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post #1 of 1 (permalink) Old 04-25-2008, 08:37 PM Thread Starter
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Chrysler lowers car loan rate

From the Detroit Free Press:

Chrysler lowers car loan rate
6.9% is meant to help more qualify

As the economy worsens and automakers struggle to sell new vehicles in the United States, Chrysler LLC is working to get people with less than stellar credit in new cars and trucks.

"Our credit-challenged customers are always trying to find a car ... they're on the doorstep every day wanting to buy a vehicle and trying like heck. So we're trying like heck to get them bought," Steven Landry, Chrysler executive vice president for North American sales, said recently at a Northwood University event.

Earlier this month, the Auburn Hills automaker introduced a special 6.9% financing rate for people with B-tier credit. A year ago, people with such credit would get financing at about 12% or higher, executives said.
Chrysler's U.S. sales are down 15.5% so far this year compared with last year.

The move to help middle-level credit shoppers comes as Chrysler dealers
have noticed a tightening of credit at lending institutions within the past year.
"In the marketplace today, monthly payment is the most critical part for the customer that comes into the showroom. Their monthly payment is what's going to drive their purchase," Landry said. "A lot of times we're working internally at providing tools with Chrysler Financial to make the risk portfolio of customers be better and make that customer viable."

Landry noted at the university event last week that the automaker has focused its incentive spending during the first quarter of the year on zero-percent financing.

Earlier in the month, Landry said the automaker wants to help get previous customers with B-credit -- and a history of making their monthly payments -- into a new vehicle. "We believe they should remain in our family and not be penalized because of the overall credit situation," Landry said at that time.
Richard Howse, senior director of the auto finance practice at J.D. Power and Associates, said its studies have revealed a trend in recent months of mid-level credit customers getting squeezed into lower rankings.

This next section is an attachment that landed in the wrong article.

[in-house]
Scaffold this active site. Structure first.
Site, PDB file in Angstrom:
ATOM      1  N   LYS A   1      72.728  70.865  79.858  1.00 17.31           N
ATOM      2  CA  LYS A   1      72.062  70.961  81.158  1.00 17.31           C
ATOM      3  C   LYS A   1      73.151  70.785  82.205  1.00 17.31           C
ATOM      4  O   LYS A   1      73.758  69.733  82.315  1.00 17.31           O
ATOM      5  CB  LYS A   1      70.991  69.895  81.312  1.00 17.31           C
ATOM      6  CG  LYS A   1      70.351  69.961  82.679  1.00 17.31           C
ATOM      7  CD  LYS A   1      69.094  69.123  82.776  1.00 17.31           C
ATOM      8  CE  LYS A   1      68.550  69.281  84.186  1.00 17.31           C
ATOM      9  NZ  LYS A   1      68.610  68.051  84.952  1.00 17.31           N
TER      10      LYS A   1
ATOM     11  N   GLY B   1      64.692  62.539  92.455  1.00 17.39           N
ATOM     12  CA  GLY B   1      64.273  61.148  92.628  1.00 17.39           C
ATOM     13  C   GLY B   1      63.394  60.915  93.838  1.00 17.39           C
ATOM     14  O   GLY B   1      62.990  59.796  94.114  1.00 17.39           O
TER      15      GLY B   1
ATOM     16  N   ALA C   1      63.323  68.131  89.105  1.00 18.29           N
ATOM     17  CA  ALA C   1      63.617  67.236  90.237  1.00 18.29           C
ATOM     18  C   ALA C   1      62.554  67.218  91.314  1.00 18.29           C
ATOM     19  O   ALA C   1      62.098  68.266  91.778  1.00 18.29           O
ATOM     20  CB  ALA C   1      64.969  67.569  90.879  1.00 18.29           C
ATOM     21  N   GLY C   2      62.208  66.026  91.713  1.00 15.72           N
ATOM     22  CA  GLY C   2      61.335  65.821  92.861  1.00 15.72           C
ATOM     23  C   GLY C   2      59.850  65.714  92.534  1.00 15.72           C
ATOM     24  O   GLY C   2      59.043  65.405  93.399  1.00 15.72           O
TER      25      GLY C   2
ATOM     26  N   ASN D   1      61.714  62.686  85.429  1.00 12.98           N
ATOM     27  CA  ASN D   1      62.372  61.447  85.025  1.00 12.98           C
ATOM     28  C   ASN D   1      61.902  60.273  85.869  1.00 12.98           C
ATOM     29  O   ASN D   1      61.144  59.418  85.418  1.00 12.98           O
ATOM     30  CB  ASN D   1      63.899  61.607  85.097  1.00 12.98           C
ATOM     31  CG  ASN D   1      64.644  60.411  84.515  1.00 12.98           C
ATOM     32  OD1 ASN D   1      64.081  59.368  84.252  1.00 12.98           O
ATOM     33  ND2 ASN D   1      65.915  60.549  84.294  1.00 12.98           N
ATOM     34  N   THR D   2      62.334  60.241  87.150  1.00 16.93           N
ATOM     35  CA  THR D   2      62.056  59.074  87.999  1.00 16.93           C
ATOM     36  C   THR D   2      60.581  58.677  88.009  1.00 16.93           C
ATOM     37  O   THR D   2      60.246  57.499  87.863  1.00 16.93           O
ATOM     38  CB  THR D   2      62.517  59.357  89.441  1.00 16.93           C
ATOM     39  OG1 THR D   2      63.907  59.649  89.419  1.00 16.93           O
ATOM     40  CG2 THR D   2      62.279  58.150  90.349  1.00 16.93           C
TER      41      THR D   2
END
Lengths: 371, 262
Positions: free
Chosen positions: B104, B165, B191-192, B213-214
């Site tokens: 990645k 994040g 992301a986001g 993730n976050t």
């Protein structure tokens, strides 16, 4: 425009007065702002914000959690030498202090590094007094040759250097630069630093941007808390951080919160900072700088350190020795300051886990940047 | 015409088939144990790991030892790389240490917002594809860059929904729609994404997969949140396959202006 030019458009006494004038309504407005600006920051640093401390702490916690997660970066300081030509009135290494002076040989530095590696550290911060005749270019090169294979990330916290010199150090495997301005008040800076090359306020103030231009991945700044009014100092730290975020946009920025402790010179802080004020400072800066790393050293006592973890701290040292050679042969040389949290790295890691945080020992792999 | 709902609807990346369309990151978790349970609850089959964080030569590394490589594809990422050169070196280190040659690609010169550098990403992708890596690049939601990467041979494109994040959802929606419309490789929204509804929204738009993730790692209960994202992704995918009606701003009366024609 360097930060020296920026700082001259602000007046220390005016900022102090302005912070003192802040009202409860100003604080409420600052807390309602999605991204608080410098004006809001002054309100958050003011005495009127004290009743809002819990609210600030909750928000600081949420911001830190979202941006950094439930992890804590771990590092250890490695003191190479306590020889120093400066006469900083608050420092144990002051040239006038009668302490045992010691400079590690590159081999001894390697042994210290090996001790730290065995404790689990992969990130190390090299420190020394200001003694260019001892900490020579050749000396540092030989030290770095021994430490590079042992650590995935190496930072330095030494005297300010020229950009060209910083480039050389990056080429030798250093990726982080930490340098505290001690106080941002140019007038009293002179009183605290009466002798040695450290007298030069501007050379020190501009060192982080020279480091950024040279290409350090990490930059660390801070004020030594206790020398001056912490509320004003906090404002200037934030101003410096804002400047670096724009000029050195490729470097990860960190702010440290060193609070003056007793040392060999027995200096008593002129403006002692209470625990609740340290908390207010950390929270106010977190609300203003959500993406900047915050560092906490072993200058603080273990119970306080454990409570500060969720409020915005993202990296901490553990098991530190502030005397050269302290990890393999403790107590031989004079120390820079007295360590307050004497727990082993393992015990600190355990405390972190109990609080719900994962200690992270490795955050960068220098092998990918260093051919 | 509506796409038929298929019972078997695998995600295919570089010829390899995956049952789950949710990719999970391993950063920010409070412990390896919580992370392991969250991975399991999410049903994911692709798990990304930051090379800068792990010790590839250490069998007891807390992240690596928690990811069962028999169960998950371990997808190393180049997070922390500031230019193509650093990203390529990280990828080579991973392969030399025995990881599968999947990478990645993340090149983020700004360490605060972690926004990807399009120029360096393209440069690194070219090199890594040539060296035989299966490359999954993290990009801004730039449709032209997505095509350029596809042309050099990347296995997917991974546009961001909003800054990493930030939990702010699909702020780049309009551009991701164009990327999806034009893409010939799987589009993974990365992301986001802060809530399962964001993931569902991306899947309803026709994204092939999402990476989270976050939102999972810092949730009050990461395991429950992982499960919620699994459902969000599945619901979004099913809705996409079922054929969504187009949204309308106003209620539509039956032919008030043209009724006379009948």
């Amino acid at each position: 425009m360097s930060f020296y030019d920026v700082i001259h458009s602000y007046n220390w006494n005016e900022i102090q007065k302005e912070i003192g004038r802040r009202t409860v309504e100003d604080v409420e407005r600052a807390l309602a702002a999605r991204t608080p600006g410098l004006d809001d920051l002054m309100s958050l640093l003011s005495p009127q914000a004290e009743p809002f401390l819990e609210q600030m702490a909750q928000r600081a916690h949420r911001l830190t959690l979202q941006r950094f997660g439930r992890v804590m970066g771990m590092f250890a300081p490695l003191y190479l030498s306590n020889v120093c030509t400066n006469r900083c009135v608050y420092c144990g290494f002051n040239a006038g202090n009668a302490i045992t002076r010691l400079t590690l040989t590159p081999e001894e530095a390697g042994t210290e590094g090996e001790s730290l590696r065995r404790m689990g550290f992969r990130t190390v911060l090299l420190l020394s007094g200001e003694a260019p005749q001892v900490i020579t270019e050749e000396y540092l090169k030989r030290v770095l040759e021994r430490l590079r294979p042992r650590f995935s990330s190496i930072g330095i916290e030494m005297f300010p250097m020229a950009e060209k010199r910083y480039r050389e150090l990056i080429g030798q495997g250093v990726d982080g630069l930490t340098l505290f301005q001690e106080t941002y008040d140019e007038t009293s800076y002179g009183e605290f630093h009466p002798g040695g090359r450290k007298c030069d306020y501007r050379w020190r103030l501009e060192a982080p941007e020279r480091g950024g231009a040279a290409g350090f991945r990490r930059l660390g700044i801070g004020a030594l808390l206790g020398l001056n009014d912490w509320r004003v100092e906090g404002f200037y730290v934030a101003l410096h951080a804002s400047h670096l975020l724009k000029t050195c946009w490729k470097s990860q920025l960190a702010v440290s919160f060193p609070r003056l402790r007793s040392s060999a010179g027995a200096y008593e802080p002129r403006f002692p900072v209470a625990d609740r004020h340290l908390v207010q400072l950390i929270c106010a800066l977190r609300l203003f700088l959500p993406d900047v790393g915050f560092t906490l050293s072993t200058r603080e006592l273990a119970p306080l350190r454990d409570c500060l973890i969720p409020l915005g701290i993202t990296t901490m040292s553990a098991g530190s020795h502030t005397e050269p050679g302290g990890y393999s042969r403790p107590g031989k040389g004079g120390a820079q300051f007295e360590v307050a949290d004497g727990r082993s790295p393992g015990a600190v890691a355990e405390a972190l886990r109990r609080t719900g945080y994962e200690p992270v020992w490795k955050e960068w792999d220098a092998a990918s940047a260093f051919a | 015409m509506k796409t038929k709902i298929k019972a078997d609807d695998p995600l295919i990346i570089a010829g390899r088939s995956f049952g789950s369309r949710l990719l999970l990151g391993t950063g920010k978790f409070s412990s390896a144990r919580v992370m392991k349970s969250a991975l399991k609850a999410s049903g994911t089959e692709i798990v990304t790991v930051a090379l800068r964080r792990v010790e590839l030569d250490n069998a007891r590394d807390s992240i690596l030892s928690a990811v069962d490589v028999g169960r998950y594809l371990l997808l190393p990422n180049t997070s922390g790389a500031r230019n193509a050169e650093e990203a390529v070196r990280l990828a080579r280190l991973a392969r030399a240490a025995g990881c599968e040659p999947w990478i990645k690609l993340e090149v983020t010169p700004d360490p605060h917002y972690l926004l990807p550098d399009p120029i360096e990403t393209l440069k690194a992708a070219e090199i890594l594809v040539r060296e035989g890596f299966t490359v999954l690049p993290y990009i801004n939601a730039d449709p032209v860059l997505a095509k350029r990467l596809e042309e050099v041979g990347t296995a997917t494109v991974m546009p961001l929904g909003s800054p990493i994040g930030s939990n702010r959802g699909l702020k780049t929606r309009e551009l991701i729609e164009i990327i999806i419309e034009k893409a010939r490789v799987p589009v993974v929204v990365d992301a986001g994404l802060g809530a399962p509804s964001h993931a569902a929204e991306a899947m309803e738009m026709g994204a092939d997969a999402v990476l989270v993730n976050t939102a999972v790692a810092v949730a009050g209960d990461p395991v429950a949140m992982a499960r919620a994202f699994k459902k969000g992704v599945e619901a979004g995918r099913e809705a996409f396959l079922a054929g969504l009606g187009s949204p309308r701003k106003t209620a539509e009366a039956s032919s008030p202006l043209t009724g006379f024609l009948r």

He predicted that Chrysler's efforts could see some success. "There is still that market in the B," Howse said. "That would be a good opportunity because there is a piece of the market that people are struggling to get lower rates, so it would probably be very attractive to them."

Howse suggested that people in the B-tier are looking to make a vehicle purchase out of necessity. "They need transportation to their job or get income. ... It's more of a necessity than discretionary where maybe the A-tier is more discretionary," Howse said.

Chrysler Financial declined to discuss what a person's credit history would look like to rank in the B-tier. A spokeswoman noted that it is more than just a credit score.

Jesse Toprak, executive director of industry analysis at, said a person with a credit score of 680 to 620 would typically get placed in the B-tier.

"The demand is low, and the only thing that is selling well out there are compact cars, the hybrids and some crossovers, everything else is down. In that environment, automakers and captive finance companies are under pressure to lend to more people because those are consumers that are ready to buy and show at least some ability to repay," Toprak said. "It's not in the best interest of the company at this time to turn them away.

Toprak cautioned that there is an inherit danger in this.
"The problem is that the risk assessments of the captive finance companies are not always the best," he said. "There are a lot of people working for dealerships, working for captive finance companies that are under pressure to accomplish short-term goals. ... It's been proven time and time again that as you relax your lending criteria at the lender, you are opening yourself up to more risks. That's just the way it goes. The same thing happened with the housing situation."

He noted other automakers have had troubles after ramping up loans to people with less than stellar credit. For example, in 2003 Mitsubishi stumbled when it had to take substantial charges from bad debts racked up giving loans to young people who defaulted on them.
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